Low-pressure CO, leaves the top of the stripper and must be compressed up to 150 bar (Yu et ah,

2012) or beyond (Pinto et ah. 2014) for EOR applications. Ол ег 90% CO, recovery can be obtained with CA in NG applications (Rochelle, 2009), requiring heat-ratios of 3-3.5 GJ/tCO, for solvent regeneration if MEA is used (Harkin et ah, 2010). Process improvements may reduce the heat-ratio to ~ 2.6 GJ/tCO, (Araujo and de Medeiros. 2017).

The main difference between CA and PA is the type of absoiption mechanism. While CA involves reversible chemical reactions, PA occurs through a physical solubility interaction governed by the CO, fugacity in the vapor phase. Solubility increases as CO, fugacity rises and temperature decreases. While CA is better than PA at lower CO, fugacities (Olajire, 2010), a CO, fugacity threshold exists at which PA has a higher CO, absoiption capacity then CA, which depends on the solvent. Usual physical solvents used in PA are methanol (Rectisol®), dimethyl ethers of polyethylene glycol (Selexol®), n-methyl-2- pynolidone (Purisol®) and propylene carbonate (Fluor Solvent™). Differently from CA, PA has low CO,/CH, selectivity resulting in high hydrocarbon losses from NG, giving CA a competitive advantage.

Benefits and shortcomings

CO, capture through PA and CA benefits fr om technology maturity derived from nearly 60 years of use (Yu et al., 2012), with a great variety of solvents and additives that have been optimized for increased efficiency and high CO, selectivity (Olajire, 2010). Absoiption schemes are easily retrofitted to older process plants and accept a wide range of CO, fugacities, with CA being best suited to lower fugacities and PA to higher fugacities.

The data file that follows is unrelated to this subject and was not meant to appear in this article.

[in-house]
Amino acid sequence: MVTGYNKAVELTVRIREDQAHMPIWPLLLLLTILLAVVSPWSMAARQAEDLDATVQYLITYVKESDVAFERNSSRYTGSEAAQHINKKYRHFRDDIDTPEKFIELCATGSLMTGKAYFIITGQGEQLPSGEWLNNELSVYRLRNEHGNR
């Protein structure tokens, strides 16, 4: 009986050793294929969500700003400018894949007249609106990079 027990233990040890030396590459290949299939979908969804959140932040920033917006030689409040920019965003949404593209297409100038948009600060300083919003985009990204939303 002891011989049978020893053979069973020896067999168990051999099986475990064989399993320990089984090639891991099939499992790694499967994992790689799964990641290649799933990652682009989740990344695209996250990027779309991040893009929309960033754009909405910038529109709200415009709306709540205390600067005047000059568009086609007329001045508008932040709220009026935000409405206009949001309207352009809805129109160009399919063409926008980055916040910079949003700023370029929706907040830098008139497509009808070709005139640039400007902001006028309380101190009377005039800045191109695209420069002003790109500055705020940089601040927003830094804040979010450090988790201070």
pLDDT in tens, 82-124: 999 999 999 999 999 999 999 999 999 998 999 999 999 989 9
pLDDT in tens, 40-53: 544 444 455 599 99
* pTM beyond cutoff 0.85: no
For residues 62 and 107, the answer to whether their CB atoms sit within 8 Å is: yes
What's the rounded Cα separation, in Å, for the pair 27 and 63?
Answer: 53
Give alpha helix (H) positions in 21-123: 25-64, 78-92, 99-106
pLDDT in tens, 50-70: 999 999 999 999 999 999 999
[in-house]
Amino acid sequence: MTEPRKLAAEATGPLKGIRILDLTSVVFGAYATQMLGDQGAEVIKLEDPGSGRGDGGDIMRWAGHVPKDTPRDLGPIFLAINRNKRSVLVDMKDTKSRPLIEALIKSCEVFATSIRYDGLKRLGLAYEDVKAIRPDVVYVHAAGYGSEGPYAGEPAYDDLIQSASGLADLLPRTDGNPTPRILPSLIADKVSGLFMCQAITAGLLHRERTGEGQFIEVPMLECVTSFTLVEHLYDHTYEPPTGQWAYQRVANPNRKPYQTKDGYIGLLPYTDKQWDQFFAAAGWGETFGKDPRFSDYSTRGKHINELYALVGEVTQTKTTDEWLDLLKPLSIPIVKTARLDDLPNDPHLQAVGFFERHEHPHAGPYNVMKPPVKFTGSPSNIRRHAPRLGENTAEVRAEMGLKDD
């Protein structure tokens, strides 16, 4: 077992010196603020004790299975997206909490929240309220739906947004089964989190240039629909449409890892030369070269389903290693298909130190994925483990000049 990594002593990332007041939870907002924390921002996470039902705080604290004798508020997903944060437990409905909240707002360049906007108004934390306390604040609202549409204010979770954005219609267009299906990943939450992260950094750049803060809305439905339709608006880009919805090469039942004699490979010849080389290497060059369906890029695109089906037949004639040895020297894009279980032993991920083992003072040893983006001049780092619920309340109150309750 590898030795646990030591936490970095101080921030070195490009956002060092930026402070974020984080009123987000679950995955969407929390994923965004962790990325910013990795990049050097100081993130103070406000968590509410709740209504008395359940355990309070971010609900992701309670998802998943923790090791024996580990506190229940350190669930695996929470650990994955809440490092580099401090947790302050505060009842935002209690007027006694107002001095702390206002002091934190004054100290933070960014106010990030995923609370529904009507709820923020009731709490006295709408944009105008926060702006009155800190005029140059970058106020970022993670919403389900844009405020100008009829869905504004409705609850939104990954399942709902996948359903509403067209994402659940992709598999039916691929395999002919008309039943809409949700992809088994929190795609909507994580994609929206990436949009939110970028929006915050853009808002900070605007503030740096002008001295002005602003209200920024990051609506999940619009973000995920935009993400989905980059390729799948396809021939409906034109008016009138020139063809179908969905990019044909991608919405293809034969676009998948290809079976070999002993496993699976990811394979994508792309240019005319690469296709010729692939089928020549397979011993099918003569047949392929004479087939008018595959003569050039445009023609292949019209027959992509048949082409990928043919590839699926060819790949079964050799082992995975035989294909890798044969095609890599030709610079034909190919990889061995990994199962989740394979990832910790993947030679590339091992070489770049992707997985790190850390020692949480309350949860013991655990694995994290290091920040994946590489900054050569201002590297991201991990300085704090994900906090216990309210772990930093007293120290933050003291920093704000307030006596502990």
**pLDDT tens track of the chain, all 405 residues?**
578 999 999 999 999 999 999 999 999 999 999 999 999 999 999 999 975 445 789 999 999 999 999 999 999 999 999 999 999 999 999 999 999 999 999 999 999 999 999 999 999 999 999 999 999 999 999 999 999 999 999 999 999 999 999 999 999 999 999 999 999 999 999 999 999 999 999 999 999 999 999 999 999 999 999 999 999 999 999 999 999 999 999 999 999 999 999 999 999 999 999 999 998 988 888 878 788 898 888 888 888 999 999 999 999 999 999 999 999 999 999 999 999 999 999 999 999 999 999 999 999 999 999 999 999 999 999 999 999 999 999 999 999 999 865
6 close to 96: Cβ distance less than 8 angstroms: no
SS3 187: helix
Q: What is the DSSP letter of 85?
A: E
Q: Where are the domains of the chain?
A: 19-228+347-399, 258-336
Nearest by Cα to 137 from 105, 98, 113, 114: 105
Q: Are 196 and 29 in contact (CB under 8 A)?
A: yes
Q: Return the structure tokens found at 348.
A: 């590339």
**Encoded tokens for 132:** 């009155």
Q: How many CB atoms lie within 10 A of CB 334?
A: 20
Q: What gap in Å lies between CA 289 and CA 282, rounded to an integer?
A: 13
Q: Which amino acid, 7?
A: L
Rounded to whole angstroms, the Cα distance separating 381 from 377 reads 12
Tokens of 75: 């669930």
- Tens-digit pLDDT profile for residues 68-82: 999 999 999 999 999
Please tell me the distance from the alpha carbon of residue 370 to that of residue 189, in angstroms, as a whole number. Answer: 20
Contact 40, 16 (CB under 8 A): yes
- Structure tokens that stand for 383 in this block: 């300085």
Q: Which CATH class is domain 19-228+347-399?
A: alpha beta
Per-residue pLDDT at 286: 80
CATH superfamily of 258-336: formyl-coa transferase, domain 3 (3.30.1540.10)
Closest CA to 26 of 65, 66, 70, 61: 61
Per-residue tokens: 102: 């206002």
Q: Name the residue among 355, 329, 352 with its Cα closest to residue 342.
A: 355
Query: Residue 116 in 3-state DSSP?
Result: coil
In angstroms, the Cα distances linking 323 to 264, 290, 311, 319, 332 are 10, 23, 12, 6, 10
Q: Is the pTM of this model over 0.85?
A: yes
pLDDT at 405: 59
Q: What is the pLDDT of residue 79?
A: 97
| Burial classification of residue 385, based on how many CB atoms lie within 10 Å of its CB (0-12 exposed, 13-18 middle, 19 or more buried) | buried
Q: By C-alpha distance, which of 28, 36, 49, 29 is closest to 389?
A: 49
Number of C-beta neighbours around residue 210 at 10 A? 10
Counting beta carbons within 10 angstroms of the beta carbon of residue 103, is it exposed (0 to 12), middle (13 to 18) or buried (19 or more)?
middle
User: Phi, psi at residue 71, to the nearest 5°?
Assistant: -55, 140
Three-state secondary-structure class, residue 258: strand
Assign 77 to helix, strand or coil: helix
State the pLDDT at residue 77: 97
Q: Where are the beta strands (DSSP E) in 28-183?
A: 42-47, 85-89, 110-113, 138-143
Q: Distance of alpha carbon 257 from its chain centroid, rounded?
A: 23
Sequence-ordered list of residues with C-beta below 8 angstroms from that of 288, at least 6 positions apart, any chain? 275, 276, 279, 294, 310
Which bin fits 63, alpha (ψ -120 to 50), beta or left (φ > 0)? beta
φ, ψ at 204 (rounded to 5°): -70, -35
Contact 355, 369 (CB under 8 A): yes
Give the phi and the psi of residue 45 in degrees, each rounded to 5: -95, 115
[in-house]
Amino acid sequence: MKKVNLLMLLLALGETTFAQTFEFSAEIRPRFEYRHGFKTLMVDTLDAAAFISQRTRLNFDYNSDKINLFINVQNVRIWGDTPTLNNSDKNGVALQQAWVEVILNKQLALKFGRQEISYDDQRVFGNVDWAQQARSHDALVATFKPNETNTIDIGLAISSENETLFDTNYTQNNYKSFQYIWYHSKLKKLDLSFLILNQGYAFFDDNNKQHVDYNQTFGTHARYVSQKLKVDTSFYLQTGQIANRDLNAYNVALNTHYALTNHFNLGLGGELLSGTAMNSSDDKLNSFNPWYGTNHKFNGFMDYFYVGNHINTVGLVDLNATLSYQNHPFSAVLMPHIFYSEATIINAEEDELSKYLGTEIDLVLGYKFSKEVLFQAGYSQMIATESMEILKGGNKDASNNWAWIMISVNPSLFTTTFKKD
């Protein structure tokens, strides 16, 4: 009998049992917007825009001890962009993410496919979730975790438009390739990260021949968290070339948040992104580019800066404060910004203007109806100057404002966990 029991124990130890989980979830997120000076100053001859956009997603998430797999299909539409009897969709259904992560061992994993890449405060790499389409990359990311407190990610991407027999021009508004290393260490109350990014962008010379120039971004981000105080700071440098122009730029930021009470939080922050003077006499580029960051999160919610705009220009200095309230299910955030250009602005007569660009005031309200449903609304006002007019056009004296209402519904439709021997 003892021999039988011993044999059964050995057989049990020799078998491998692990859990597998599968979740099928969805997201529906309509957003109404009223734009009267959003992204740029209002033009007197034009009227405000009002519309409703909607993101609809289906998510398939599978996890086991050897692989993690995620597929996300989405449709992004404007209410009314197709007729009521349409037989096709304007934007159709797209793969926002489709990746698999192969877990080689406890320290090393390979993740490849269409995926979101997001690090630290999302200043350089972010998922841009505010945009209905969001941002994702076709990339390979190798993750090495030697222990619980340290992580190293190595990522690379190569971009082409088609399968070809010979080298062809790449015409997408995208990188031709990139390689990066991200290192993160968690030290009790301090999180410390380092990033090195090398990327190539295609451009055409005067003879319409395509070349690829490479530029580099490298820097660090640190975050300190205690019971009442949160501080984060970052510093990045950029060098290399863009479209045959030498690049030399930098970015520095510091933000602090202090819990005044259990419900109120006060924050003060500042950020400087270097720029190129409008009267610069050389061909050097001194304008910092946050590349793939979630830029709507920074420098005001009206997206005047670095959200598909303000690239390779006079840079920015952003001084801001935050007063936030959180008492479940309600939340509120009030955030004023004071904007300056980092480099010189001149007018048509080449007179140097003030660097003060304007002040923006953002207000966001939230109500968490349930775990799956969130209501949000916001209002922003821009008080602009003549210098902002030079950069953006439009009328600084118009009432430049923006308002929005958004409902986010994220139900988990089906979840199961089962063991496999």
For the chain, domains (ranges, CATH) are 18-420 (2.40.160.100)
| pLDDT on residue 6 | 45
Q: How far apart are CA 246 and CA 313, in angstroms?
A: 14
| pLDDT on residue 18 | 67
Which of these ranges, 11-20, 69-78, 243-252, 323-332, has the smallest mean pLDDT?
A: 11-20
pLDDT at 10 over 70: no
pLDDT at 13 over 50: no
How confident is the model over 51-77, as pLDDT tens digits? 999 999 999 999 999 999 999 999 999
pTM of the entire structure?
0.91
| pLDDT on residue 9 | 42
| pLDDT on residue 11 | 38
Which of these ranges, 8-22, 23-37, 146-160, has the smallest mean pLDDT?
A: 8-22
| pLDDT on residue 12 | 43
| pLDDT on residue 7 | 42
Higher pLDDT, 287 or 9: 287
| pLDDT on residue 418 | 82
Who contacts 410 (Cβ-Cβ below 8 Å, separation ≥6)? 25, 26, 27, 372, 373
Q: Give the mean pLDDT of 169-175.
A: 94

The mam drawback of absorption-based technologies is the high temperature and pressure swings applied in order to regenerate the CO,-rich solvent, requiring external energy inputs despite the high heat- integration in NG processing (Al-Mamoori et al., 2017). Another aspect is the large footprint of PA and CA. normally hindering its use in CO,-rich NG processing in offshore platforms that are constrained in area and weight (Ar aujo et al., 2017). One example of the large footprint is Schlumberger's amine-based process for NG decarbouation, which requires a 17 m absorber and 16 m stripper (Schlumberger, 2016).

In CA, solvent degradation occurs through salt formation with sulphur- and nitrogen-based impurities and oxidation due to the presence of small amounts of O,. Losses via salt formation are minimized by NG pre-treatment to remove NOx and SOx impurities (Forsyth et al., 2017). Oxidative amine degradation is minimal as NG has low O, (< 0.2%mol) contents (Yu et al., 2012). A critical operational parameter is the feed CO, content (Rochelle. 2009), which affects solvent recirculation rate, heat consumption and equipment size. Time-varying systems—e.g., CO, removal from CO,-rich NG dining long-term EOR (Figure 2)—inevitably result in suboptimal operation of the designed absoiption system, resulting in reduced CO, capture efficiency and increased heat and solvent consumption over time. Salvindera et al. (2017) used a composition controller to show that, for CA-MEA (C A with ME A 20%w/w in water), CO, content in the lean and CO,-rich gases would greatly vary along operation tune.

Recent focus